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Vegetative Mulch Reduces Pesticide and Soil Losses in Runoff / April 2, 2001 / News from the USDA Agricultural Research Service

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Scientist examines hairy vetch mulch: Link to photo information

 

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Vegetative Mulch Reduces Pesticide and Soil Losses in Runoff

By Sharon Durham
April 2, 2001

As a mulch in vegetable production, the cover crop hairy vetch greatly reduces pesticide runoff and soil erosion, making it an excellent alternative to plastic mulch often used by vegetable growers.

This finding was presented Sunday by Agricultural Research Service scientist Pamela Rice during this week’s meeting of the American Chemical Society in San Diego, Calif. Rice is with the ARS Soil and Water Management Research Unit, based at the University of Minnesota at St. Paul.

Vegetable growers now often use plastic (polyethylene) mulch to maintain soil moisture and control weeds. When it rains, however, the plastic increases surface runoff because 50-75 percent of the field is covered with plastic that will not allow rain to penetrate into the soil. The runoff contains eroded soil and agricultural chemicals that may have potential harmful effects on organisms in nearby streams and rivers.

In a three-year collaborative study, Rice and co-workers at the Environmental Quality Lab and the Sustainable Agricultural Systems Lab at the Henry A. Wallace Beltsville Agricultural Research Center, Beltsville, Md., have developed a more sustainable vegetable production system that uses hairy vetch, a vegetative mulch. ARS has demonstrated that hairy vetch is economical and can effectively control weeds.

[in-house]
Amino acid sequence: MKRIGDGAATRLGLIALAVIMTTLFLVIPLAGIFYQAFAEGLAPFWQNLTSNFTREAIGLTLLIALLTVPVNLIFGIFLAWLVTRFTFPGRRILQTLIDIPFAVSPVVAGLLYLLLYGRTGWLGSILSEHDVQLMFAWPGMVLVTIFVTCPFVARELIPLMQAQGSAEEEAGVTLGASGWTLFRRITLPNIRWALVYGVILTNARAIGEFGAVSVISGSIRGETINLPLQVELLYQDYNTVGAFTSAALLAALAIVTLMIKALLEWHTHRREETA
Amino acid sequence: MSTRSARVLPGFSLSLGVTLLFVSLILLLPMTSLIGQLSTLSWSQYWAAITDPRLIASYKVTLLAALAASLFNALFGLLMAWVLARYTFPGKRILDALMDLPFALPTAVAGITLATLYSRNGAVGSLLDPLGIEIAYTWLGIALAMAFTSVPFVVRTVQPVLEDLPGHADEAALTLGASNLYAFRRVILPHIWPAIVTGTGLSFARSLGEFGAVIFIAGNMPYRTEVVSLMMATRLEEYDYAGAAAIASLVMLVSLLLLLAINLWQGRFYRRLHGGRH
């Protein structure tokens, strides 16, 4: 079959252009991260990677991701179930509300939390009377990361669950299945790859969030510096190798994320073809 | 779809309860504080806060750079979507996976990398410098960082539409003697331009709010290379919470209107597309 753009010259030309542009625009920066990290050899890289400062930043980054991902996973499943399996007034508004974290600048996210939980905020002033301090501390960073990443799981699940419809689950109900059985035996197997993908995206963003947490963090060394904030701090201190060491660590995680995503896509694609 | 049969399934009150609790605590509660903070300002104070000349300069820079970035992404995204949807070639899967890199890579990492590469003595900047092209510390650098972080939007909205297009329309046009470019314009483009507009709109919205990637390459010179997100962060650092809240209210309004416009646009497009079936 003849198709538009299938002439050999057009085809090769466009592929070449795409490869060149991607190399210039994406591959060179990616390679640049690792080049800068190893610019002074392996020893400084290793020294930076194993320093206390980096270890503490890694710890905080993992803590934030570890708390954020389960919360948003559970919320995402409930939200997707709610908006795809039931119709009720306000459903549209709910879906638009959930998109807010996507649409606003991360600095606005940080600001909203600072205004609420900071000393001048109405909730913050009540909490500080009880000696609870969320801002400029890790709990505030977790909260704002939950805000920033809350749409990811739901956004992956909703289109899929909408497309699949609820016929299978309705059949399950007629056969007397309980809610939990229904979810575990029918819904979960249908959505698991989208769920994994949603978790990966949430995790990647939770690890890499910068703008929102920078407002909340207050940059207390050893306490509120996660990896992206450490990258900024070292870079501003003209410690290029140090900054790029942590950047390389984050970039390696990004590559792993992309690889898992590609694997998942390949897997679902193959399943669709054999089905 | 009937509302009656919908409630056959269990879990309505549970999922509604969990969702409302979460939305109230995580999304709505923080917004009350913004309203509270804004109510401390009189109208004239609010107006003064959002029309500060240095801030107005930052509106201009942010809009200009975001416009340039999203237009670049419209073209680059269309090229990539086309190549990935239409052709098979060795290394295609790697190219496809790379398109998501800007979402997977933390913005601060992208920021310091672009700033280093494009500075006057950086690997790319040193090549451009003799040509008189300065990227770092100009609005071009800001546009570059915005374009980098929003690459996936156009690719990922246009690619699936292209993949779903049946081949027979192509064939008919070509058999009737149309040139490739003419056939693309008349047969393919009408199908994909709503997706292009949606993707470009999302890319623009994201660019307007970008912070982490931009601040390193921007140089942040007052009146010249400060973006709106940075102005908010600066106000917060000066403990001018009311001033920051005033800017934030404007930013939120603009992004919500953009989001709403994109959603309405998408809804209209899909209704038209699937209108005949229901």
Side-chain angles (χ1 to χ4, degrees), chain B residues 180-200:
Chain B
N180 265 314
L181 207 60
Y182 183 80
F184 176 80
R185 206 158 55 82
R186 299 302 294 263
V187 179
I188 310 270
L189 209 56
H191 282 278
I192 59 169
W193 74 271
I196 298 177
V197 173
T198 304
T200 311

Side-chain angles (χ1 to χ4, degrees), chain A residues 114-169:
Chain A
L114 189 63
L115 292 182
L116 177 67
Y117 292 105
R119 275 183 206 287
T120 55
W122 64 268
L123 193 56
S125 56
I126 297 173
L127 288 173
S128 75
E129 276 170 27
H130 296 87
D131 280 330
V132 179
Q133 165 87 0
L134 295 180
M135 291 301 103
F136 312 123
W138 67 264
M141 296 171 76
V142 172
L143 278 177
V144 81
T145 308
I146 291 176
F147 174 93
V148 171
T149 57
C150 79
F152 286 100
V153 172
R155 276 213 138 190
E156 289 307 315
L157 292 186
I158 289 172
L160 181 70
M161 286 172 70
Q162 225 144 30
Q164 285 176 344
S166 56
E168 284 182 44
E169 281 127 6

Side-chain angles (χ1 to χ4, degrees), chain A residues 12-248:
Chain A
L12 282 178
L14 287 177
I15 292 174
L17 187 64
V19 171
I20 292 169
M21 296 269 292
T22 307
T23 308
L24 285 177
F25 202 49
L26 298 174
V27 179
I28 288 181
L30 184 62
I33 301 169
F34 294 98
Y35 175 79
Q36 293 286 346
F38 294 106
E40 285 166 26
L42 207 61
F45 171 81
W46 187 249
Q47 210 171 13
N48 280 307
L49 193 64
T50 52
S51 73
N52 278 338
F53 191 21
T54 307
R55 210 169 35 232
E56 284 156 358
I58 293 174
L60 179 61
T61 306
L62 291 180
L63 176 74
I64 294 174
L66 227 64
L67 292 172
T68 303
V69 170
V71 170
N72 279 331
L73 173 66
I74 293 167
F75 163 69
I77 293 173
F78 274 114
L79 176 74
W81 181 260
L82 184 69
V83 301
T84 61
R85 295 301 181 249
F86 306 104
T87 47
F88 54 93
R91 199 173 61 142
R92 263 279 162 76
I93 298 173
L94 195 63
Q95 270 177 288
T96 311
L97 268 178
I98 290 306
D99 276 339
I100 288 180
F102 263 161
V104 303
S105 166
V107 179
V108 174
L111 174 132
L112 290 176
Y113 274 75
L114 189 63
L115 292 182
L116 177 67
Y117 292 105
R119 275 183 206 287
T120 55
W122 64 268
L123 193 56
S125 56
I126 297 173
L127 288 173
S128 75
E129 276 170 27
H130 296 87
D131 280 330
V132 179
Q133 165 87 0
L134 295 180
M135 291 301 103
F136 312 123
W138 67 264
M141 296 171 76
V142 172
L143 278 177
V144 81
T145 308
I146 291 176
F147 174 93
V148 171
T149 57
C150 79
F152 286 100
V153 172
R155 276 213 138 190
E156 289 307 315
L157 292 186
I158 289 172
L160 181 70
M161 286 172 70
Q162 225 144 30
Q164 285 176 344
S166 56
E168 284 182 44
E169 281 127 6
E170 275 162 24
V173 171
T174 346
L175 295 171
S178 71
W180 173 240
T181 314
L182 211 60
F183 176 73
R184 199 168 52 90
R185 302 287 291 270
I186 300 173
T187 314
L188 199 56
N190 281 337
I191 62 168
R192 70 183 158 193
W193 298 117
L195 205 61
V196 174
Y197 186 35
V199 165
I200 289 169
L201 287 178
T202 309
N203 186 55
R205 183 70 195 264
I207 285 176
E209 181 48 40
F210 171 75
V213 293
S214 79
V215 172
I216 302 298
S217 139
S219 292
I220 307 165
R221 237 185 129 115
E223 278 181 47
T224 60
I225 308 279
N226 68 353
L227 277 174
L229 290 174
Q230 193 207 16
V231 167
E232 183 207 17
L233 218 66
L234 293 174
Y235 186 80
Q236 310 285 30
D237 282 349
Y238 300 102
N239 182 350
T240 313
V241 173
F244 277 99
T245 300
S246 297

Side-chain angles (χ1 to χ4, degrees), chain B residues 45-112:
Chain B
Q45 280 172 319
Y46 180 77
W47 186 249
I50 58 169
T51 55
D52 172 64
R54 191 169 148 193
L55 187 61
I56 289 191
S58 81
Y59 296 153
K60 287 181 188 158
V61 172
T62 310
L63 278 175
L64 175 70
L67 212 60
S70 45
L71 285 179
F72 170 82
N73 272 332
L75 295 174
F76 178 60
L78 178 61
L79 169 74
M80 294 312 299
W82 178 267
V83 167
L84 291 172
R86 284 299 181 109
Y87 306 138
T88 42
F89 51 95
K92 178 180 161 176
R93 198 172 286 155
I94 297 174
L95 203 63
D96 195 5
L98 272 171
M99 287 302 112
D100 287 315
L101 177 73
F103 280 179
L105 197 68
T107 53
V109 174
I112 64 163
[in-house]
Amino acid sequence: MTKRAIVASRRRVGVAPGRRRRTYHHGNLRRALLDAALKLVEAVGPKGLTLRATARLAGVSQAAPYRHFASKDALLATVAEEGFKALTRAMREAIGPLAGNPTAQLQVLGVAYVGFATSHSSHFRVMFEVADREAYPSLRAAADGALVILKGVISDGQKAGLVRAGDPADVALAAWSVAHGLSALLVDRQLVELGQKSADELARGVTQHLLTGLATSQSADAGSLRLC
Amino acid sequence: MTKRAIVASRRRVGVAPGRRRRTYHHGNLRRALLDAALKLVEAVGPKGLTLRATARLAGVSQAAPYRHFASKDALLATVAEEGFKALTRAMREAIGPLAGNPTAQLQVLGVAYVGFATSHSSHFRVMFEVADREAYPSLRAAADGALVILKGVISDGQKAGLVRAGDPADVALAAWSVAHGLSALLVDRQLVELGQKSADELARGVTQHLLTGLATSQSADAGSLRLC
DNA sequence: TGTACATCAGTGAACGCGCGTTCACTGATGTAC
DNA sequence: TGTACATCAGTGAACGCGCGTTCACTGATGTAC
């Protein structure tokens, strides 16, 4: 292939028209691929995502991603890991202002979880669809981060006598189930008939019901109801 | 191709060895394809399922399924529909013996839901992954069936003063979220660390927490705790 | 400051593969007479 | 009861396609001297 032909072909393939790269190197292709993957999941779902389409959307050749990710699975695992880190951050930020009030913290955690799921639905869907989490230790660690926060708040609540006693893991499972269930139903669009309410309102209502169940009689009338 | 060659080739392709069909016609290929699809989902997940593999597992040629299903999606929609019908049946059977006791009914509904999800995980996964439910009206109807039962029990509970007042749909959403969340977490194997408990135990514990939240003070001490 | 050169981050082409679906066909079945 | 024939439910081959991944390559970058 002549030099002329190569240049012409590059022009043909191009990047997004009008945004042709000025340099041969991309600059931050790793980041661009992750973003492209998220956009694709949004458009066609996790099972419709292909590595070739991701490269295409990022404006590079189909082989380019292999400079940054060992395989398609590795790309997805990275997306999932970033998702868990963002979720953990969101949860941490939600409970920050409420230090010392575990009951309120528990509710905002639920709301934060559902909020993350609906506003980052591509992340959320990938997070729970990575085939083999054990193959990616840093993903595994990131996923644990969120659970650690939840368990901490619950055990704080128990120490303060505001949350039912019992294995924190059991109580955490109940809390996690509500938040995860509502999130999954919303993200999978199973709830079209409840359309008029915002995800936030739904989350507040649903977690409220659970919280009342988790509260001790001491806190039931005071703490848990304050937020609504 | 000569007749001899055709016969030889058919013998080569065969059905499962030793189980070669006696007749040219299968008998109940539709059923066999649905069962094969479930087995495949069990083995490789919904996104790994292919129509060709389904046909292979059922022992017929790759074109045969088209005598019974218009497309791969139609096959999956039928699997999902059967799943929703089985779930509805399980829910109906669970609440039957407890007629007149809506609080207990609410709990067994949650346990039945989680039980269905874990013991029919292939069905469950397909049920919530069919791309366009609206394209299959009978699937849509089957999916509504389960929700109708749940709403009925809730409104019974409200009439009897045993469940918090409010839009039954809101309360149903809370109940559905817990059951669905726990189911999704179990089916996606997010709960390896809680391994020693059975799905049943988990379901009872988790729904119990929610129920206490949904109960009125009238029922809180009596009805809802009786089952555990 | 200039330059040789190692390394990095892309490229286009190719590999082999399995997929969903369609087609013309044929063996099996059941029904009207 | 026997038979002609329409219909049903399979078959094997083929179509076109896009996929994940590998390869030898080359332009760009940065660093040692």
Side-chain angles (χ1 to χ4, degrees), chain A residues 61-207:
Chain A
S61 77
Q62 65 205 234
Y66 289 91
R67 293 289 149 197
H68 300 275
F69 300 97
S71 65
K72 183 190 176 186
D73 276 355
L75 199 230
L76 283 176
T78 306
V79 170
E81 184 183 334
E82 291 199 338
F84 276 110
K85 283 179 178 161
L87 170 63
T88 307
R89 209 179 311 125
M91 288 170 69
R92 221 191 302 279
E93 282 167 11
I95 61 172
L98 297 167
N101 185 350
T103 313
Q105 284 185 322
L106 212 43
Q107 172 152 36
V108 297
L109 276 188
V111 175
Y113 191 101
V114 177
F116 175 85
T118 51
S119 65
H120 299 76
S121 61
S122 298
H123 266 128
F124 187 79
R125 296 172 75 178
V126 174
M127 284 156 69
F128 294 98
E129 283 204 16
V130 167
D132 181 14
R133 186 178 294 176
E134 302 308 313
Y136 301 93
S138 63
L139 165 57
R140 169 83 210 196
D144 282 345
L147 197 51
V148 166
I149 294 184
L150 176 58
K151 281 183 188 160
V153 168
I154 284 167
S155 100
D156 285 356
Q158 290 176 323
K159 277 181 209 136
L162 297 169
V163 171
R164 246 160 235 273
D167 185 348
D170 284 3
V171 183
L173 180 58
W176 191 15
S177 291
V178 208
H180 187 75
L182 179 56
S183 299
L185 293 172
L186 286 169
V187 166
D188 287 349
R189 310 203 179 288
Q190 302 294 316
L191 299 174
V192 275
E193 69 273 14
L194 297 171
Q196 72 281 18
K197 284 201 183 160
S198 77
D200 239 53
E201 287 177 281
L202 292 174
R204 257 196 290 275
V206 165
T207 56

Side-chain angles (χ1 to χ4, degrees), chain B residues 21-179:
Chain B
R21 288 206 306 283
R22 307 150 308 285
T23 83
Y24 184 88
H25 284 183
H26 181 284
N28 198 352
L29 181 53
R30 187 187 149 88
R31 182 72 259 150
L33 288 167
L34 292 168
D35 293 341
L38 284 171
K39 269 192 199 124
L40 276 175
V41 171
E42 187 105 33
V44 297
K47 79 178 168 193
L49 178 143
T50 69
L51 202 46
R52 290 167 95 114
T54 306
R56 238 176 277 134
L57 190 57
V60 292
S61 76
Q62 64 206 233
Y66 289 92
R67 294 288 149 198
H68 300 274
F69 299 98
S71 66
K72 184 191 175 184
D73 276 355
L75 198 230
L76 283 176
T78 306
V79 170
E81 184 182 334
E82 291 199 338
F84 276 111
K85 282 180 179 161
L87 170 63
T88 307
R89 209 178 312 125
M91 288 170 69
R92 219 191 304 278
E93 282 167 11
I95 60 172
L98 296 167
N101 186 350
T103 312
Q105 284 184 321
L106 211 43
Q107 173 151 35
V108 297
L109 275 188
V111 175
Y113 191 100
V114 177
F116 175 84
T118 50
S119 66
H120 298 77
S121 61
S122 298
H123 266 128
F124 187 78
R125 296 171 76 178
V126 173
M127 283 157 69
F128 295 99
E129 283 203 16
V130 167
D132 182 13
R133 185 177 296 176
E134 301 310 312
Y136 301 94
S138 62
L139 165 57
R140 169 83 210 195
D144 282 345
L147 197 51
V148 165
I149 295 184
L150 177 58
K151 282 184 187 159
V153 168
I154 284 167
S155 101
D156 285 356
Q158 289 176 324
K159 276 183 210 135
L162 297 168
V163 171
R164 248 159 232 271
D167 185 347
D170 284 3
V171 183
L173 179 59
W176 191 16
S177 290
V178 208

The study compared runoff and soil erosion from field plots using vegetative and plastic mulch. Fields with plastic mulch lost two to four times more water and up to 10 times more sediment than the plots using hairy vetch mulch.

ARS is the chief scientific research agency in the U.S. Department of Agriculture.

Scientific contact: Pamela Rice, ARS Soil and Water Management Research Unit, St. Paul, Minn., phone (612) 625-1909, fax (651) 649-5175, price@soils.umn.edu.

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